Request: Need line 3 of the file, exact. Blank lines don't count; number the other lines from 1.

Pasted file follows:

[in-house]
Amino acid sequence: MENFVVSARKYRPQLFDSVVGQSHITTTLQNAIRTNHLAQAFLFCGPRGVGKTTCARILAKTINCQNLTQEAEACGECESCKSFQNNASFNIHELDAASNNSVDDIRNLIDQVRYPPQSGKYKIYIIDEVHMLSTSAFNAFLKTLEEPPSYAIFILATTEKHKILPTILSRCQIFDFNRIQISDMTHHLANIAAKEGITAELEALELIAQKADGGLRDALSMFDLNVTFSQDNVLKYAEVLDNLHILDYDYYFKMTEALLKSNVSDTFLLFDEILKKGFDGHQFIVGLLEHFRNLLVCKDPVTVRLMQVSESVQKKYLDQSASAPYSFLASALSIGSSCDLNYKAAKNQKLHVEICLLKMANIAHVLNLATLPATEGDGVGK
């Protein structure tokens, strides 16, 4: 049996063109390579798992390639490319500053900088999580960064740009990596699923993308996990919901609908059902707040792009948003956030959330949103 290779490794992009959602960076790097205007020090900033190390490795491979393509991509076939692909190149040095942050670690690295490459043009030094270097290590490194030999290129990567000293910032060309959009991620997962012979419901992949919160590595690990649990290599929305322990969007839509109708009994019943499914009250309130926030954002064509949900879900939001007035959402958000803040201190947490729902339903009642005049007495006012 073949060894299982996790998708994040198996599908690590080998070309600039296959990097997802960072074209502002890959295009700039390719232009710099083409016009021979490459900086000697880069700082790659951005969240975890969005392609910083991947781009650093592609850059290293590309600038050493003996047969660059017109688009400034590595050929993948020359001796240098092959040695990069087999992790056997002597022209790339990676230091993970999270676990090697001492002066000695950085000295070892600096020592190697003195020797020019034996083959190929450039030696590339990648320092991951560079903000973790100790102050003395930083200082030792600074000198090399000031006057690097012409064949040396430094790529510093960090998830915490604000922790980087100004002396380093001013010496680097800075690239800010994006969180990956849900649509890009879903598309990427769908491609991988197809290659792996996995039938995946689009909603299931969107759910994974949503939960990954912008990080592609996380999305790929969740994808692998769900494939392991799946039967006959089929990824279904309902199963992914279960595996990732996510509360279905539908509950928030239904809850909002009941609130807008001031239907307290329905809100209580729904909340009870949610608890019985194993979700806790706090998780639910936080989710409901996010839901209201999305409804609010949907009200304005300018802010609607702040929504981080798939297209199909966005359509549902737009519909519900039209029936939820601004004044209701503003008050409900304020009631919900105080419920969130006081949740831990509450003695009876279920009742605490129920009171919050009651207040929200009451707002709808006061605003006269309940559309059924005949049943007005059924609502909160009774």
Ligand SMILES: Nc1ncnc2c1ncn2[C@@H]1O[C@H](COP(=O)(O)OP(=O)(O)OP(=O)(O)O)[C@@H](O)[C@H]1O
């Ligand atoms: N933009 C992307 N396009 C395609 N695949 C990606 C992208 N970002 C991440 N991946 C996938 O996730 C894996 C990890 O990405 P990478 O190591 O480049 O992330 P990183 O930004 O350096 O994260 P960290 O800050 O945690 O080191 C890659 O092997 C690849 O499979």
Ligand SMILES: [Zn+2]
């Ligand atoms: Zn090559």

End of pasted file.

């Protein structure tokens, strides 16, 4: 049996063109390579798992390639490319500053900088999580960064740009990596699923993308996990919901609908059902707040792009948003956030959330949103 290779490794992009959602960076790097205007020090900033190390490795491979393509991509076939692909190149040095942050670690690295490459043009030094270097290590490194030999290129990567000293910032060309959009991620997962012979419901992949919160590595690990649990290599929305322990969007839509109708009994019943499914009250309130926030954002064509949900879900939001007035959402958000803040201190947490729902339903009642005049007495006012 073949060894299982996790998708994040198996599908690590080998070309600039296959990097997802960072074209502002890959295009700039390719232009710099083409016009021979490459900086000697880069700082790659951005969240975890969005392609910083991947781009650093592609850059290293590309600038050493003996047969660059017109688009400034590595050929993948020359001796240098092959040695990069087999992790056997002597022209790339990676230091993970999270676990090697001492002066000695950085000295070892600096020592190697003195020797020019034996083959190929450039030696590339990648320092991951560079903000973790100790102050003395930083200082030792600074000198090399000031006057690097012409064949040396430094790529510093960090998830915490604000922790980087100004002396380093001013010496680097800075690239800010994006969180990956849900649509890009879903598309990427769908491609991988197809290659792996996995039938995946689009909603299931969107759910994974949503939960990954912008990080592609996380999305790929969740994808692998769900494939392991799946039967006959089929990824279904309902199963992914279960595996990732996510509360279905539908509950928030239904809850909002009941609130807008001031239907307290329905809100209580729904909340009870949610608890019985194993979700806790706090998780639910936080989710409901996010839901209201999305409804609010949907009200304005300018802010609607702040929504981080798939297209199909966005359509549902737009519909519900039209029936939820601004004044209701503003008050409900304020009631919900105080419920969130006081949740831990509450003695009876279920009742605490129920009171919050009651207040929200009451707002709808006061605003006269309940559309059924005949049943007005059924609502909160009774």